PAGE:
This and That

The students are back! Ok, we knew that. I have a pretty good view out of my office window and get to witness a variety of it’s-a-new-semester behaviors. There are the freshman who are clearly still figuring out the neighborhood interspersed with “old timers” sauntering about. The occasional sprinter flits past, in a hurry to somewhere. Some students travel in gaggles while others stroll past in pairs or alone. Most are bedecked with some variety of gadgets and bags. Most seem either comfortable or, perhaps, expectant, or some blending between.

But lest you think I do nothing but stare out the window, I have put together a somewhat diverse list of resources (hence the “This and That”) for starting off the semester.

Grammar Girl’s Quick and Dirty Tips
If grammar is your thing, both the web site and the accompanying podcast are made for you (or your students). The podcasts are brief and to the point and have written transcripts for each topic. Recent offerings have tackled the “serial comma kerfuffle” and “Portmanteaus.” Visit Grammar Girls’ website or download the audio podcast directly from iTunes.  (This one’s a regular on my iPod.)

Better Googling
Think you know all there is about search strategies? This ProfHacker post might surprise you. Also find links to Google resources on how to use little known features, as well as, lessons to adapt for students.

62 things you can do with Dropbox
If you’re a Dropbox fan or just considering it, you might want to skim over this article by MacWorld. Not sure what Dropbox is? Check out this video created by Commoncraft.

Using a Blog in an Independent Study
Whether you’ve been using blogs for a while or are new to them, this ProfHacker post offers useful tips on using blogs with students.

Learning Through Digital Media—Experiments in Technology and Pedagogy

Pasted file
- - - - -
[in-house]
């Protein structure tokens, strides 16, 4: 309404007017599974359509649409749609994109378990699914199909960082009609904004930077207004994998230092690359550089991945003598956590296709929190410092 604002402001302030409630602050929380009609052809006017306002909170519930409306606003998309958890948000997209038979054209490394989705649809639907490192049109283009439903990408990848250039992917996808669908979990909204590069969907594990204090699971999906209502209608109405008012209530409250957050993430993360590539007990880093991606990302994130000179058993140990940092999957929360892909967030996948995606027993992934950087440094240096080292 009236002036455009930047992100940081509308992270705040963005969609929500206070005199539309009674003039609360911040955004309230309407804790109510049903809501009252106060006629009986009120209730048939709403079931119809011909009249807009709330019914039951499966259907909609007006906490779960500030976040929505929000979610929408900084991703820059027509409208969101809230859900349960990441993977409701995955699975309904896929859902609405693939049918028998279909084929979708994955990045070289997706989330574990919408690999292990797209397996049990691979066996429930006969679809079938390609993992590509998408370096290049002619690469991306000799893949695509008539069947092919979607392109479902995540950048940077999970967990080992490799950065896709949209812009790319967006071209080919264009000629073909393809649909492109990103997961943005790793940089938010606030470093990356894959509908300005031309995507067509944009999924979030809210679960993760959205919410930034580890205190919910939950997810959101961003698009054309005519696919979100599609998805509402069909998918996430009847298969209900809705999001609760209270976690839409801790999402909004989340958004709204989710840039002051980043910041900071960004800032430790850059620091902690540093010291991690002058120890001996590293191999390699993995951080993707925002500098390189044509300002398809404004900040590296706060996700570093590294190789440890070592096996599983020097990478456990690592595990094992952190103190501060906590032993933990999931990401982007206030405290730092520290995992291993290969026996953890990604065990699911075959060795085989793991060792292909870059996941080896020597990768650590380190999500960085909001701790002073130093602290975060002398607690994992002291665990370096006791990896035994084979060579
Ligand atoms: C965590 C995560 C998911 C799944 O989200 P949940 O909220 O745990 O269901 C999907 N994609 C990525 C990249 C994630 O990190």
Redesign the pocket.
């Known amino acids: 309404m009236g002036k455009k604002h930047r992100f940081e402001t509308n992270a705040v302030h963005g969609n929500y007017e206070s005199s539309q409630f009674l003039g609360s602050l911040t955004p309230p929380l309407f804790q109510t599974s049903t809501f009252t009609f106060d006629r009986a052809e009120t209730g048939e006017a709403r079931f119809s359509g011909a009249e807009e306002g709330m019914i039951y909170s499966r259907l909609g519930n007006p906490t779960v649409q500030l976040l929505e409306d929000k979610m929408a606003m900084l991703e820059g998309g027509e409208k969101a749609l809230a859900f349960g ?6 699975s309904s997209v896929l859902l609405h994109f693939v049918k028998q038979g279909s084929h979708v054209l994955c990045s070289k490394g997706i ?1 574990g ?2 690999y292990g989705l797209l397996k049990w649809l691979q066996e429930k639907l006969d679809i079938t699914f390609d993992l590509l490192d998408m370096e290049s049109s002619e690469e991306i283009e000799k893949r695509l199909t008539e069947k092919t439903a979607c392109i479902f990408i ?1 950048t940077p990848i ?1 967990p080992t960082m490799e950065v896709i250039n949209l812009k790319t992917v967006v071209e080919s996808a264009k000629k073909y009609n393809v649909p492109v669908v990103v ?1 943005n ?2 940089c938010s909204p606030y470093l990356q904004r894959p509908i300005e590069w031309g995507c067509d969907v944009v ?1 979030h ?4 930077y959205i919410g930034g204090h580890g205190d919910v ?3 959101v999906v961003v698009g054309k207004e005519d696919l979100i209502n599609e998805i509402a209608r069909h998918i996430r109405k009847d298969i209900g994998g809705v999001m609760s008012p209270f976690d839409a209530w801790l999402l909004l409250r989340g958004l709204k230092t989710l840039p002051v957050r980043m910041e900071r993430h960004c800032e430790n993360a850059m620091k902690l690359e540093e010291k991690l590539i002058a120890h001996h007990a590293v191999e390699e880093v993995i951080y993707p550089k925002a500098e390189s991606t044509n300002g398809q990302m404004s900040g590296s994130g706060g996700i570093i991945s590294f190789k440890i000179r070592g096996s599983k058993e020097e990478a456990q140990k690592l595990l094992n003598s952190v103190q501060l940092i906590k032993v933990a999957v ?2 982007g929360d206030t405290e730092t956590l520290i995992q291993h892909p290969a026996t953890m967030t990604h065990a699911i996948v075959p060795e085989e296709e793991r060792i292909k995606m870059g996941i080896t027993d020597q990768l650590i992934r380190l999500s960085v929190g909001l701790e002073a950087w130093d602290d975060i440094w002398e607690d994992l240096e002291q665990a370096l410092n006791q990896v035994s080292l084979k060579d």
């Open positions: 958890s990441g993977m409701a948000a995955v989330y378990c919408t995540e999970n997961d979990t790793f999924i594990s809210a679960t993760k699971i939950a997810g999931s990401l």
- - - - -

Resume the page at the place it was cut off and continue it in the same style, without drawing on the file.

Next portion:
If you’ve ever given even a passing thought about the hows and whys of using a social media tool like Twitter with your students, read David Parry”s article describing why he chose to use Twitter, it’s benefits and limitations, and how he uses it with his students.

Seven free iOS apps to help you out in the lab      iPad Photo
If you are inclined to include phrases such as restriction enzymes or molarity calculations in your conversation,  or if you have need of a PCR mastermix calculator you’ll definitely want to have a look at these apps.

Ins and Outs of Using Gadgetry
Want to know what the “half-press trick” is for your point-and-shoot camera, or the quickest ways to select text in Word? This article by tech writer David Pogue has answers to an assortment of basic tech-related questions.

InTech Loaner Equipment 
Need to borrow a camcorder for a class project? Check out the list of loaner equipment available from for Faculty, Staff, and students.

Know Your Copy Rights
Go here for a downloadable brochure that highlights “What You CAN Do” when it comes to using copyrighted materials in your class. Visit the InTech web pages for more copyright resources, including links for royalty-free images and video. Feel free to share this information with your students.

Summer Reading, Listening and Viewing

Thinking about a class wiki? Is a blog worth the time and effort? Maybe it’s the potential of video podcasting that has you intrigued. Collaborative learning, podcasting,virtual worlds, social media, web 2.0 and, yes, web 3.0—we’ve all heard the buzz. The level of interest it generates ranges from  “you’ve got to be kidding me” to  “huh” to  “Wow, you can do that?” Listed below is a collection of links, in no particular order, that touch on a variety of technology-related topics. See something you want to know more about? Let me know and I’ll make it the focus of a future post.

Disclaimer: The choice of resources below is not intended as an opinion or recommendation for any particular topic. Rather, they are there to inform, invite contemplation, perhaps inspire and, in some cases, entertain.McDStudents2

“The Power of Wikis in Higher Ed”
An interview with Stewart Mader by Linda L. Briggs
Campus Technology Magazine

“Educational Blogging”